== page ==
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Airbrush

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Everything posted by Airbrush

  1. CO2 Direct Air Capture (DAC) "Plans for a total of eleven DAC facilities are now in advanced development. If all of these planned projects were to go ahead, DAC deployment would reach around 5.5 Mt CO2 by 2030; this is more than 700 times today’s capture rate, but less than 10% of the level of deployment needed to get on track with the Net Zero Scenario." Direct Air Capture – Analysis - IEA That means that after humans switch over to totally carbon-free energy, in about 50 years, by using Direct Air Capture, which requires lots of energy, but it can be increased in scale over time, we can restore a healthy atmosphere. We could return CO2 in the atmosphere to low, pre-industrial levels. This would cool the oceans, restore glaciers, moderate weather, re-freeze melting permafrost, and freeze over more of the Arctic Ocean. It won't hurt to also plant groves of trees and dedicate a dependable water supply to each tree, so that no tree's water supply gets interrupted.
  2. Excellent info, thanks for that. What do you think of billions of ping pong balls to cover the arctic ocean to reflect sunlight? I thought of volcanoes in Antarctica or Alaska, or wherever the wind direction is away from populated areas. But it would be terribly dirty no matter where the volcano is located. Also, they would need to excavate the volcano with nukes. Or foresting deserts? If you could desalinate sea water, sun-powered water distillation, while you plant the desert with trees, one tree at a time, one water-hose per tree to not waste water. The forest starts small and expands outward. Or is there a device that can be built to large-scale to extract CO2 from the air, that works faster than a tree can? Think of anything that can bridge the 50-year gap between today and an idyllic future that is totally carbonless and clean, abundant energy for cheap.
  3. Maybe this is better in Climate Science? But engineering is what people DO to address human problems. About all humans can do to control anything about a volcano is to divert lava flows. But what if we could get a volcano to erupt on demand? Or kept erupting to deliver enough dust to the atmosphere to cool the earth enough to stall global warming? The big island of Hawaii has a volcano called Mona Loa erupting. Could it be used to deliver dust to the atmosphere, if the winds are blowing east the dust would get into the atmosphere before falling on the western US. Is there anything we could throw into the volcano that would help? "Climate scientists bring up volcanic eruptions to better understand and explain short periods of cooling in our planet’s past. Every few decades or so, there is a volcanic eruption (e.g., Mount Pinatubo, El Chichón) that throws out a tremendous amount of dust and gases. These will effectively shield us enough from the Sun to lead to a short-lived global cooling period. The particles and gases typically dissipate after about 1 to 2 years, but the effect is nearly global." What do volcanoes have to do with climate change? – Climate Change: Vital Signs of the Planet (nasa.gov)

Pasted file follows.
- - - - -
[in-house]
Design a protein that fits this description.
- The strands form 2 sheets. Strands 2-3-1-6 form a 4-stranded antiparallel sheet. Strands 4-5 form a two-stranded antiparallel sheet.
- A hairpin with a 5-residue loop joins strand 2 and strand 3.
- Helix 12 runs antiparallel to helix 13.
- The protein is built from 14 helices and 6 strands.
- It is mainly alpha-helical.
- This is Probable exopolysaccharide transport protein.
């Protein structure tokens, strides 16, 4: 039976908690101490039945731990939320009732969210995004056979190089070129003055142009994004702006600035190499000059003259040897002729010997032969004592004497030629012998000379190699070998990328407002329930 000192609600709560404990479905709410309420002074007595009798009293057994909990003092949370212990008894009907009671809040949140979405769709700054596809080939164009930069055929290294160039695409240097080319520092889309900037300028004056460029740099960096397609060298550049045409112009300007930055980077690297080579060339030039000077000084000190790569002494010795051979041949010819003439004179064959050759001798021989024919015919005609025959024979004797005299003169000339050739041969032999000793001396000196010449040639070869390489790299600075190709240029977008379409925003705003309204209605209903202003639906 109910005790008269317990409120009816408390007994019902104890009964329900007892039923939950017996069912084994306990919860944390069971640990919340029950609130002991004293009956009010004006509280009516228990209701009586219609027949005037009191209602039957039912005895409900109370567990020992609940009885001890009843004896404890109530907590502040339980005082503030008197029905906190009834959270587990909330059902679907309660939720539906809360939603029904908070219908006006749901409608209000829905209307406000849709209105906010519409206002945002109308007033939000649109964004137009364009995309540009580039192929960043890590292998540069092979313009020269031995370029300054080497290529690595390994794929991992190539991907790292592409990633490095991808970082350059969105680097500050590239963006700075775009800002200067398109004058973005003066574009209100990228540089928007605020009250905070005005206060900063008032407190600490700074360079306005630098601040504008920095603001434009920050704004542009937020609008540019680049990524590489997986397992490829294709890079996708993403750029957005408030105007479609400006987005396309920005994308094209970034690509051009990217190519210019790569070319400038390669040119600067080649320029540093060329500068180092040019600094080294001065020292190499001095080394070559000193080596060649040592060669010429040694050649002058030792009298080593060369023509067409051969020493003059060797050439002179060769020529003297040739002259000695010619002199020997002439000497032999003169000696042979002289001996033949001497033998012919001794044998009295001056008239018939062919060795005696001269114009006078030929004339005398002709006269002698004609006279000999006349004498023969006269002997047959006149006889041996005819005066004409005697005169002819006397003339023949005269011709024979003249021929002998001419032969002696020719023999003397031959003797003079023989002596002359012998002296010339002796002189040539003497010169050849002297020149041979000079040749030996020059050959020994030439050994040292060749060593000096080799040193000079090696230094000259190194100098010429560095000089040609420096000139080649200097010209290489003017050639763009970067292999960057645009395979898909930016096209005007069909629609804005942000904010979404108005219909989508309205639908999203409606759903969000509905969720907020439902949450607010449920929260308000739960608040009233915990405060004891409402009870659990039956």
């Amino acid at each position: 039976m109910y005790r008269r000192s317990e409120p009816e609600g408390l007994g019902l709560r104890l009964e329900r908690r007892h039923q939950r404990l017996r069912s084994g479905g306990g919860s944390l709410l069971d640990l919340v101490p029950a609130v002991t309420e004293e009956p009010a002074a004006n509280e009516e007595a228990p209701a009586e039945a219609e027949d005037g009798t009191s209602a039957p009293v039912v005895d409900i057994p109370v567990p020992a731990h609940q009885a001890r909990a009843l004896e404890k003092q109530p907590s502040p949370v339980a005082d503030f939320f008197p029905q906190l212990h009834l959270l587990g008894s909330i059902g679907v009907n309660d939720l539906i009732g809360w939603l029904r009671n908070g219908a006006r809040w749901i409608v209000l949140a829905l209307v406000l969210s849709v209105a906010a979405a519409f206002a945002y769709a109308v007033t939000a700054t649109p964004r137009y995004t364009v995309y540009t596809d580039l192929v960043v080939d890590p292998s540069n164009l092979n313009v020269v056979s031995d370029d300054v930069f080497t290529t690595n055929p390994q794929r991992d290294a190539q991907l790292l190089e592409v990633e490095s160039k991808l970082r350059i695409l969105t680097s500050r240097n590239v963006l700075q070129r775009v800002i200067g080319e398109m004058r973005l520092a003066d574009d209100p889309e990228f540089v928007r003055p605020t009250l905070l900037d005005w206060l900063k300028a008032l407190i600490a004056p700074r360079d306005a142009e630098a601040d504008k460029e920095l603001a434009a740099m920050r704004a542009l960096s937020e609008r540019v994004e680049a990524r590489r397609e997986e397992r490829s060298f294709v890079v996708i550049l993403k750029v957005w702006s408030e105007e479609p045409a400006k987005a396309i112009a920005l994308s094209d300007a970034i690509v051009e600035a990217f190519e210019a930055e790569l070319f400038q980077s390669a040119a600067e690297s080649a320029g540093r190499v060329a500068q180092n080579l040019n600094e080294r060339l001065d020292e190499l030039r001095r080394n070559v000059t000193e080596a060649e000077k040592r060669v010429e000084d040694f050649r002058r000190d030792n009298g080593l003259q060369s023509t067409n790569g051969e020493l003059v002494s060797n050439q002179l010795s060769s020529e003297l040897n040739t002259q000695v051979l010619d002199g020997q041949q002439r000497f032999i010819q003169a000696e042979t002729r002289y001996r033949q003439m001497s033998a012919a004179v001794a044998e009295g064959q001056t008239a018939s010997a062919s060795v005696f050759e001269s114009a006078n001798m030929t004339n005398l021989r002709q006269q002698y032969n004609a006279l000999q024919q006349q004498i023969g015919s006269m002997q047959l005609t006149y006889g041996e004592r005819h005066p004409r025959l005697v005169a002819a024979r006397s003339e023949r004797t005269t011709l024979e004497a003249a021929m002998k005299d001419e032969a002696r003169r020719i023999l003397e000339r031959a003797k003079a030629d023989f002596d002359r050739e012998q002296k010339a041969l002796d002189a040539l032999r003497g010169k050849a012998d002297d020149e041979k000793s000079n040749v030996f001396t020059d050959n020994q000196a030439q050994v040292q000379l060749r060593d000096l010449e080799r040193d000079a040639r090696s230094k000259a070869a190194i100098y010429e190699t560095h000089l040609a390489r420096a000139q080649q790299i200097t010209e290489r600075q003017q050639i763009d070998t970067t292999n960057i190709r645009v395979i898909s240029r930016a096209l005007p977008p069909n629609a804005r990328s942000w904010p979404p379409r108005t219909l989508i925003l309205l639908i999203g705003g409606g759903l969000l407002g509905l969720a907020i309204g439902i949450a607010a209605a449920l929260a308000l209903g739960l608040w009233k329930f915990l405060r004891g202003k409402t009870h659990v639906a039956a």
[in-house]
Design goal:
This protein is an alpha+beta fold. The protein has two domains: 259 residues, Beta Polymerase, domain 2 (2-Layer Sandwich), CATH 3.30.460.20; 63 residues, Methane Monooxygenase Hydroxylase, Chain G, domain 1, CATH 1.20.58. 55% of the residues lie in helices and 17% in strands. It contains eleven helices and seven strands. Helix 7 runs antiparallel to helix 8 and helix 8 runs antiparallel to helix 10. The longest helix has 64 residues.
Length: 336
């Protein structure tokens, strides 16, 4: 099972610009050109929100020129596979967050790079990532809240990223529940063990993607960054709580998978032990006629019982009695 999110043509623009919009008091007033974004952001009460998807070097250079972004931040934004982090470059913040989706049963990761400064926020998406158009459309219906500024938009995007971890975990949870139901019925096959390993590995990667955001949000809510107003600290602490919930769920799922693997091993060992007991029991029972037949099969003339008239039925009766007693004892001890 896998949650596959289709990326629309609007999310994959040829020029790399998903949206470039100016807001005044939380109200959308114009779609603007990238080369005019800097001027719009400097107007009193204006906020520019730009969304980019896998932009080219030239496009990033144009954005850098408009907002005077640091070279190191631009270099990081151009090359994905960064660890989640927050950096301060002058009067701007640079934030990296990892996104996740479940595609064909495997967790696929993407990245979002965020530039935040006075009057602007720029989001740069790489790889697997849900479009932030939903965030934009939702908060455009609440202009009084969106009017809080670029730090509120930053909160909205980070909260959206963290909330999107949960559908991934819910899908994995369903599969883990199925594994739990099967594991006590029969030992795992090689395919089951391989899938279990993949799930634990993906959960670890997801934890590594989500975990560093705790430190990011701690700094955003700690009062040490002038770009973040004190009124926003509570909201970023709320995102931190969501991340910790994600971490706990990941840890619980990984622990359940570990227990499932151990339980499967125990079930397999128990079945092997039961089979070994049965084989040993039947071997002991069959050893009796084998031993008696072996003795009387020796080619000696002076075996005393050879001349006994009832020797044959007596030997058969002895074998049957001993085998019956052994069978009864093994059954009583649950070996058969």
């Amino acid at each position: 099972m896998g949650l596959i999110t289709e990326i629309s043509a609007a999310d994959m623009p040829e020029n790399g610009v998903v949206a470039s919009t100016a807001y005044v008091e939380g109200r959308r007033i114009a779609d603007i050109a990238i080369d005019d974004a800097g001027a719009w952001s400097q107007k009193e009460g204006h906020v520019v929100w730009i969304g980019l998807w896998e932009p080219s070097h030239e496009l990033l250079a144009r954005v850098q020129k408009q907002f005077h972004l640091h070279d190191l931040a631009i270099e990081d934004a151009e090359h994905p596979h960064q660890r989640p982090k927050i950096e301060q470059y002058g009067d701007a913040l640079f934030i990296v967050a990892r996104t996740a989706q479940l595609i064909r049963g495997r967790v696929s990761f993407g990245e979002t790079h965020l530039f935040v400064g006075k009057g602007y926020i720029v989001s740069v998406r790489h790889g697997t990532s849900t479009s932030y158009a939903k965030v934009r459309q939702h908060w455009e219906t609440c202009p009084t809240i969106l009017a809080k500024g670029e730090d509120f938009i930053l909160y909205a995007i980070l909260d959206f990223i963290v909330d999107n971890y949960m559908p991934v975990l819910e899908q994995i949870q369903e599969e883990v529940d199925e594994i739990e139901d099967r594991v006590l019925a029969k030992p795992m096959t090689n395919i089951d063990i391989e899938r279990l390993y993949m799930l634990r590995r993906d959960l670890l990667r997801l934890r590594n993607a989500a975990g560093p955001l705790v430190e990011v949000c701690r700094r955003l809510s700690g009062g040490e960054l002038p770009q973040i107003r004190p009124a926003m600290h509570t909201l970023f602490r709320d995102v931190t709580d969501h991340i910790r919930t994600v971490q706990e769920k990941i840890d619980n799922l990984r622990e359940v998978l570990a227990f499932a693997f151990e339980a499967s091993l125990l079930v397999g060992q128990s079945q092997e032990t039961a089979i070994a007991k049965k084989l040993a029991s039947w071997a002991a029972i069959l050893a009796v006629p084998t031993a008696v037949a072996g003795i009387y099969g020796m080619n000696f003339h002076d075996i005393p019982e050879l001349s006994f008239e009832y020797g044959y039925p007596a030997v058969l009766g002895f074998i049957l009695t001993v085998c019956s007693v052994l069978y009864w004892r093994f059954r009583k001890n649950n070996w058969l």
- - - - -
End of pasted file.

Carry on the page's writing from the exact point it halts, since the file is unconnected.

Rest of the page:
4. In high school I did poorly in physics and chemistry. In college at CSULA I had wonderful professors for beginning Physics and Oceanography so I did very well in Physics and Oceanography. Good teachers are more valuable than we can imagine! Neil deGrasse Tyson for president! However, Neil said he would not want to be president. He would rather educate people to vote based on facts rather than emotions.
  5. "The concept of a galactic habitable zone analyzes various factors, such as metallicity (the presence of elements heavier than hydrogen and helium) and the rate and density of major catastrophes such as supernovae, and uses these to calculate which regions of a galaxy are more likely to form terrestrial planets, initially develop simple life, and provide a suitable environment for this life to evolve and advance." Galactic habitable zone - Wikipedia The Goldilocks Zone is where there are enough supernovae to create heavy elements that life needs, BUT not too many supernovae because they also destroy life on planets. Generally, there are more supernovae, and therefore deadly radiation, near the center of the Milky Way, and in the densely-packed spiral arms. In sparsely populated regions there are not enough supernovae.
  6. When I try to answer this question, I think of light traveling through the vacuum of empty space as photons. But if light is both a particle AND a wave, when light travels through space, it is a wave of WHAT? There is no medium, no ether, to transmit a wave.
  7. Would EVERY fusion reactor require a large number of gigantic, powerful, expensive lasers? Or is there another way to kick start fusion?
  8. Is it a true story? The story is almost too good to be true. Only a year ago did I hear the story of North Sentinel Island. But do you think a boatload of surfers in 1999 would risk surfing the southern tip of an island they were warned to avoid because of hostile natives (but it had good waves)? They knew it was illegal, so they snuck in at night and they had a shot gun with them. I suppose they would dare do it.